'Religion, Faith and Global Politics', Keynotes 06, Canberra: Department of International Relations, Research School of Pacific and Asian Studies, The Australian National University, July 2006.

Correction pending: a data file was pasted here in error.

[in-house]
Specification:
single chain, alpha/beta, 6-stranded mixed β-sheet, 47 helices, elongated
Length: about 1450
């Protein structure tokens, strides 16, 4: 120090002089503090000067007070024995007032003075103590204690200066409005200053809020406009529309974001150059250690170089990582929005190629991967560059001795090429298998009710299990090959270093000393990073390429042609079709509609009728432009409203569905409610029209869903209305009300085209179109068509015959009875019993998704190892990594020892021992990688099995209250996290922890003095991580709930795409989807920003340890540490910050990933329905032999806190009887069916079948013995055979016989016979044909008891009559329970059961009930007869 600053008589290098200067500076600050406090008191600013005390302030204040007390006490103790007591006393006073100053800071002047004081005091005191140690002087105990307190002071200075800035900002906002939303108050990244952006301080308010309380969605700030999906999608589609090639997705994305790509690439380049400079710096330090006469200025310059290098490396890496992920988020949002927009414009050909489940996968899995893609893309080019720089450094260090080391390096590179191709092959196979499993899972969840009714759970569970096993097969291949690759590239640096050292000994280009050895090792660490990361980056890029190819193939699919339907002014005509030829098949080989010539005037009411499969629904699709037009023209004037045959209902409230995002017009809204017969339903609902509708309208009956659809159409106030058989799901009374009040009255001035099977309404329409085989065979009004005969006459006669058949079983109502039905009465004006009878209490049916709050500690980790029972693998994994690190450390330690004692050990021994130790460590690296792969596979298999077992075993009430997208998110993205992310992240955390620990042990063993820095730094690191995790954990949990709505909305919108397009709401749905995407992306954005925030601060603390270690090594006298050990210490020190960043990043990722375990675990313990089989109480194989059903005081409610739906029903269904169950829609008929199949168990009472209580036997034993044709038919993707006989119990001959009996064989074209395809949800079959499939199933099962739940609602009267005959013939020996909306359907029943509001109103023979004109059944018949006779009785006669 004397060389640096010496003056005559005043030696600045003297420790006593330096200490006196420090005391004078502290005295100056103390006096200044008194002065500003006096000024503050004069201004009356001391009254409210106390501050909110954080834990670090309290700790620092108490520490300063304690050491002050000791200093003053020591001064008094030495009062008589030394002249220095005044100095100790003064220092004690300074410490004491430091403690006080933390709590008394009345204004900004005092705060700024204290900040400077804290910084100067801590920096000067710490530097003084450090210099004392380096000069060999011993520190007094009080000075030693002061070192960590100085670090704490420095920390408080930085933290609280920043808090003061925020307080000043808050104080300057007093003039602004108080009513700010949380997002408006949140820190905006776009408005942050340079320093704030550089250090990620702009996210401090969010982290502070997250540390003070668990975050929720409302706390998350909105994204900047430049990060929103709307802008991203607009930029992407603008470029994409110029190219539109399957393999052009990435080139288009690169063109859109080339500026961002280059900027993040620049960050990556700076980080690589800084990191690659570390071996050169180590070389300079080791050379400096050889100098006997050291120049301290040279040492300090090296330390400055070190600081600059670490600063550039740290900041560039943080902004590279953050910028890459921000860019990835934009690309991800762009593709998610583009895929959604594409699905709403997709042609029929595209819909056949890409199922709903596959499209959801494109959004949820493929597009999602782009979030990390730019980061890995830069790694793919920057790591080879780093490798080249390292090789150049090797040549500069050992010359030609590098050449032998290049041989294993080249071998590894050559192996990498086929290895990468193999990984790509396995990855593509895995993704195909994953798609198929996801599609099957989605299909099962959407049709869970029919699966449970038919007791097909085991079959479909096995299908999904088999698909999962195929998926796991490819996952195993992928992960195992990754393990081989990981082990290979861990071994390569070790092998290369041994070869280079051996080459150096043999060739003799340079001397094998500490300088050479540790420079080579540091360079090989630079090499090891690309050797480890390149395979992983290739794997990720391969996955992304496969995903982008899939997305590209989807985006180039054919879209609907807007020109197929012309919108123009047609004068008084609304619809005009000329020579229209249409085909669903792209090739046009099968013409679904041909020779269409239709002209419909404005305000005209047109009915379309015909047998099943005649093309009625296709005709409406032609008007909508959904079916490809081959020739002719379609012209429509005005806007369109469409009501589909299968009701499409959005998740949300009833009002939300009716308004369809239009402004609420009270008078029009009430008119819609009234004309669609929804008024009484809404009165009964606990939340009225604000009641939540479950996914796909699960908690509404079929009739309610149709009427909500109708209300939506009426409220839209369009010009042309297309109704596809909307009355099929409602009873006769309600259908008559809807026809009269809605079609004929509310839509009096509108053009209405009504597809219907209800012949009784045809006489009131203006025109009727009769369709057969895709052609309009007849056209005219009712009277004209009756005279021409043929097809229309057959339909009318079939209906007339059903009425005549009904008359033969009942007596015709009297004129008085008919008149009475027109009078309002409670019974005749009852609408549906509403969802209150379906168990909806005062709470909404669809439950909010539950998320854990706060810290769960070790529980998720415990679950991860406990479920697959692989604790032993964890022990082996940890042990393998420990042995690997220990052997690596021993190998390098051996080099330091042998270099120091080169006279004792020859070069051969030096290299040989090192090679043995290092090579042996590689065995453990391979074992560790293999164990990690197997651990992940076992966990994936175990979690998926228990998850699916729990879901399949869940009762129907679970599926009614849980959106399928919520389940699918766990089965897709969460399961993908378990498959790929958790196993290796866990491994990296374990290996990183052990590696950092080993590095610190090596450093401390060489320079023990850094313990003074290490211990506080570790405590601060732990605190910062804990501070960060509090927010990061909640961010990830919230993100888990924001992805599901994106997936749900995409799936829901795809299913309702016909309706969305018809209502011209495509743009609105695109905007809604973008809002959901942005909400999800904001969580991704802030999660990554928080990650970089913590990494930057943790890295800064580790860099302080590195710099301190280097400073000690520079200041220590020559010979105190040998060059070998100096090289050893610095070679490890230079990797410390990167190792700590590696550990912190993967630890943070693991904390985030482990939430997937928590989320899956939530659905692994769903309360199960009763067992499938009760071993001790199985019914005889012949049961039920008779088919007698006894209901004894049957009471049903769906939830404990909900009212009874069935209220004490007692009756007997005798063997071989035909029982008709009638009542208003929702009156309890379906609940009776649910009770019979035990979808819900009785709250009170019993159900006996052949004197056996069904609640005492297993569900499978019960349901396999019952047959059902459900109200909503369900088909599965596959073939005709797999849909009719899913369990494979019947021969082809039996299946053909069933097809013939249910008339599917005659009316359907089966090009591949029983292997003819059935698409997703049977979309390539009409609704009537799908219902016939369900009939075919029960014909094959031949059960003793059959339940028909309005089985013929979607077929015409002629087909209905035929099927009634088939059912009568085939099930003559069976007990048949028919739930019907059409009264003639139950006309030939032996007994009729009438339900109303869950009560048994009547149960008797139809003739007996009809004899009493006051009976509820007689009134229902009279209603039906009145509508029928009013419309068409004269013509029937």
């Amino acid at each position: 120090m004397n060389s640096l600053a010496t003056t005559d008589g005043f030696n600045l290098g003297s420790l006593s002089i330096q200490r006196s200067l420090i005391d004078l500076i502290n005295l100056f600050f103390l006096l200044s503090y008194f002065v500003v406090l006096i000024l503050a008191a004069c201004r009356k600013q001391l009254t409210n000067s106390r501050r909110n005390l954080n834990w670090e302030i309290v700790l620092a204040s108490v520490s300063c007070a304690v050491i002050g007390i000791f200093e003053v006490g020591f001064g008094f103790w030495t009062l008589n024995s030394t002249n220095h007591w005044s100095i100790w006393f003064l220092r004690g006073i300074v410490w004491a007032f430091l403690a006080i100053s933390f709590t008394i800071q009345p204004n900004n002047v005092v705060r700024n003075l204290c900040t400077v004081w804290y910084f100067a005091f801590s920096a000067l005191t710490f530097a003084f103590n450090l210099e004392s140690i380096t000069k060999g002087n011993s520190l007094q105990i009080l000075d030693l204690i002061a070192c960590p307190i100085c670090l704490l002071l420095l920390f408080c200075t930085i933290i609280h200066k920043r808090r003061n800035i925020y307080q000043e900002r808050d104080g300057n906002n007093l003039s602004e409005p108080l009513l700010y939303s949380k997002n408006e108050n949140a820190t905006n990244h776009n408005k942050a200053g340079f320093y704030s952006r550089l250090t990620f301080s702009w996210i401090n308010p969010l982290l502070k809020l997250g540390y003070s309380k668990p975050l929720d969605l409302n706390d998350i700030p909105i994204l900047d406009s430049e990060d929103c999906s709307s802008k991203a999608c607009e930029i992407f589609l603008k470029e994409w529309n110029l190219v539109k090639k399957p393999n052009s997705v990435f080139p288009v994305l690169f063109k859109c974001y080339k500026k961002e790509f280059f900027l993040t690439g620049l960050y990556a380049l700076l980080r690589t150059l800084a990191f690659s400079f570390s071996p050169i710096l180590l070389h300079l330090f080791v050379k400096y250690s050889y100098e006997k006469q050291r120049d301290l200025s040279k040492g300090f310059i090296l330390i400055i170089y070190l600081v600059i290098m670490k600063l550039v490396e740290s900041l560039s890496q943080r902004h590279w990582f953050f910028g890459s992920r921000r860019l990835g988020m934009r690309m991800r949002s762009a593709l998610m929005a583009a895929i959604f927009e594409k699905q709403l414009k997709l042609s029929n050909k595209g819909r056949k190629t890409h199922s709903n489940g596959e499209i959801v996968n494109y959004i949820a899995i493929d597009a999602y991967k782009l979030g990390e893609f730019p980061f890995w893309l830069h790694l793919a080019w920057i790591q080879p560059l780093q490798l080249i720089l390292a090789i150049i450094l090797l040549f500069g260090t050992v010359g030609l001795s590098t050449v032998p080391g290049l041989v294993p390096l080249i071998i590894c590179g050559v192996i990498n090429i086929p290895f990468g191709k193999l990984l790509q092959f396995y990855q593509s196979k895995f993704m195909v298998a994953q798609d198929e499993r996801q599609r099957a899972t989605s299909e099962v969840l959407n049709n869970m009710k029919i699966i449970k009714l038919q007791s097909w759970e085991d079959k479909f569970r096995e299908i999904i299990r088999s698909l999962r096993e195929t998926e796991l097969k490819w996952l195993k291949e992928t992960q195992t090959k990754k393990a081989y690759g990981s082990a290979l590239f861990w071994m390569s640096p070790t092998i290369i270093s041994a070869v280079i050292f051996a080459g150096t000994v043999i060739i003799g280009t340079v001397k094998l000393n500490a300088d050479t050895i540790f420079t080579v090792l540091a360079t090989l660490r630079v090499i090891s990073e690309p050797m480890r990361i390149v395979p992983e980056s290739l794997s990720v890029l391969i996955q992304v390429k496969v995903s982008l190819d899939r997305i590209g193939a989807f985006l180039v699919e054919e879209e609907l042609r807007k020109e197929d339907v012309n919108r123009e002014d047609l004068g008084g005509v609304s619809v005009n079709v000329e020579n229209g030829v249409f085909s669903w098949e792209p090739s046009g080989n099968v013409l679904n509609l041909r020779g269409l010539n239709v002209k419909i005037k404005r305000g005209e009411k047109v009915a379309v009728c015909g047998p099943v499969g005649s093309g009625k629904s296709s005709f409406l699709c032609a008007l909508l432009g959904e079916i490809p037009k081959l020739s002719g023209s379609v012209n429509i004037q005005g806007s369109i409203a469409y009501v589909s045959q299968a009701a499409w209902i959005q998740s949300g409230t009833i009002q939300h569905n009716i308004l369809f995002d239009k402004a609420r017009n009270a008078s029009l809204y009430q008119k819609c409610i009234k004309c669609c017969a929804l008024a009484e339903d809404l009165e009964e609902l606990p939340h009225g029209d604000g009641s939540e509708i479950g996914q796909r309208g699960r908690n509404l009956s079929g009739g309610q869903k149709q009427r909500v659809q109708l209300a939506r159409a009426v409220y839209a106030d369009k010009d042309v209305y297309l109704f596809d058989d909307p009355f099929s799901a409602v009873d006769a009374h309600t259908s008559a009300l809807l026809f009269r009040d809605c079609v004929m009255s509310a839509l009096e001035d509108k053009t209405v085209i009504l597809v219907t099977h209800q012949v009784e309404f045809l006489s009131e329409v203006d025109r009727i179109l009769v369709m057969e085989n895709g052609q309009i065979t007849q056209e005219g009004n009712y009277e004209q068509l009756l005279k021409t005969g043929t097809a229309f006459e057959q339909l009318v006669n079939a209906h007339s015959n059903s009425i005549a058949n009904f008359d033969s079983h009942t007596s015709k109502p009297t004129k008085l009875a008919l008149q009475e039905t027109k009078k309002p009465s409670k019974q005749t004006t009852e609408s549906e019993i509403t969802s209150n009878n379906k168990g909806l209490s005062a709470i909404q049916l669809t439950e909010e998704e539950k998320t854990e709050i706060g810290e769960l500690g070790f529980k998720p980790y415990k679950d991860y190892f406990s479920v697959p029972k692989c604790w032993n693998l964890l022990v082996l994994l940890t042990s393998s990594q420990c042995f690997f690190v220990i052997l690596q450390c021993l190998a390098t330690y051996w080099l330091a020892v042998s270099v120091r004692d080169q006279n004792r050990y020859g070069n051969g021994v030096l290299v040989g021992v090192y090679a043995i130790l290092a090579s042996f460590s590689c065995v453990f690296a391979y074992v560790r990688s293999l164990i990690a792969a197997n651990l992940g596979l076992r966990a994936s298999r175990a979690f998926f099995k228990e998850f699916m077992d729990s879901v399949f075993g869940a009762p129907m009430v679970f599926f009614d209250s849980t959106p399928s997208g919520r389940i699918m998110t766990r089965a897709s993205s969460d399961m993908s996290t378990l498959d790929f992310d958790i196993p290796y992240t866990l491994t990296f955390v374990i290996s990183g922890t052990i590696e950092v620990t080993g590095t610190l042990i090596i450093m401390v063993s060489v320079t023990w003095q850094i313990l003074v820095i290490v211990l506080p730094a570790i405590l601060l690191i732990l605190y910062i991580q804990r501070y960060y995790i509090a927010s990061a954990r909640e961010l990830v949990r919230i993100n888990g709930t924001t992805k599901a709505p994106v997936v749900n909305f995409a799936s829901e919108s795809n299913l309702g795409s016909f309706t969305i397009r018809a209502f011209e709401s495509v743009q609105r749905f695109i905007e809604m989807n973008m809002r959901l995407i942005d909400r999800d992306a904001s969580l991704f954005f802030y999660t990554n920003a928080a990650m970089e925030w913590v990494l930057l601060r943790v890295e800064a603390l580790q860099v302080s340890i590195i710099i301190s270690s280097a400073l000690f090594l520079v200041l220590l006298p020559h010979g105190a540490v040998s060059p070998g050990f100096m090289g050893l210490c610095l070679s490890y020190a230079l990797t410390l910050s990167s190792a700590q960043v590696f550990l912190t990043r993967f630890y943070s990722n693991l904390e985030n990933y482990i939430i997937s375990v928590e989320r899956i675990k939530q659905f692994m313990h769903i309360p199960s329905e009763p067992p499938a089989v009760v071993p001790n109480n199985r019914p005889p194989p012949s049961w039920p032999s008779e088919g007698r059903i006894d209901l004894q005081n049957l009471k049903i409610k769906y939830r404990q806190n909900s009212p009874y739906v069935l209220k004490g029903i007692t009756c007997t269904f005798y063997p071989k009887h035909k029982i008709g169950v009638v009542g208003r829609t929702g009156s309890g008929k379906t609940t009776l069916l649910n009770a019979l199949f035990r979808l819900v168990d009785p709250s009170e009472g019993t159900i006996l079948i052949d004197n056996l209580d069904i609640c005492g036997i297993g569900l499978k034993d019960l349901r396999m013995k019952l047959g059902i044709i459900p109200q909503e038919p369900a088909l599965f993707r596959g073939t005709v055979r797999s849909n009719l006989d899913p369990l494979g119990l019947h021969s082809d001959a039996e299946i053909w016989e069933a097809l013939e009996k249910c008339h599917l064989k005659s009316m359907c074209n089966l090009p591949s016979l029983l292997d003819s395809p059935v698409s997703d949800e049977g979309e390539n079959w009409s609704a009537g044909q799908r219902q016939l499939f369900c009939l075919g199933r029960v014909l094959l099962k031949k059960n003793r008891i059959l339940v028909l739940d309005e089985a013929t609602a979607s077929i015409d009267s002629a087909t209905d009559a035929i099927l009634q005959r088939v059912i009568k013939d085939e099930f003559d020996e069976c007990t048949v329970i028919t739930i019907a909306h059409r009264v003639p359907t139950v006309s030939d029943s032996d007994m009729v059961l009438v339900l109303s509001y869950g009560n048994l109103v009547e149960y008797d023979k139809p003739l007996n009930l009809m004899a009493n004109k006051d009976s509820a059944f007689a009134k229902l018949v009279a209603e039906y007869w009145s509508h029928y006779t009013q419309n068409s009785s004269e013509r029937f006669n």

Religion and the resurgence of faith-based foreign policies, and the diplomatic and security challenges that this is perceived to present, have become a central theme in contemporary world politics. Interest in this topic has been motivated by what appears to be a growing religiosity in the public pronouncements of at least some leaders of state and by the actions, including acts of extreme violence, of non-state actors in which calls for faith-based political practice feature prominently. In a series of short essays, the authors of this Keynote investigate the main features of this resurgence and put to the test some of the assumptions about religion and foreign policy that feature in public debate. They caution us to be aware of often-overlooked political and normative complexities of the relationship between religion, faith and international politics.
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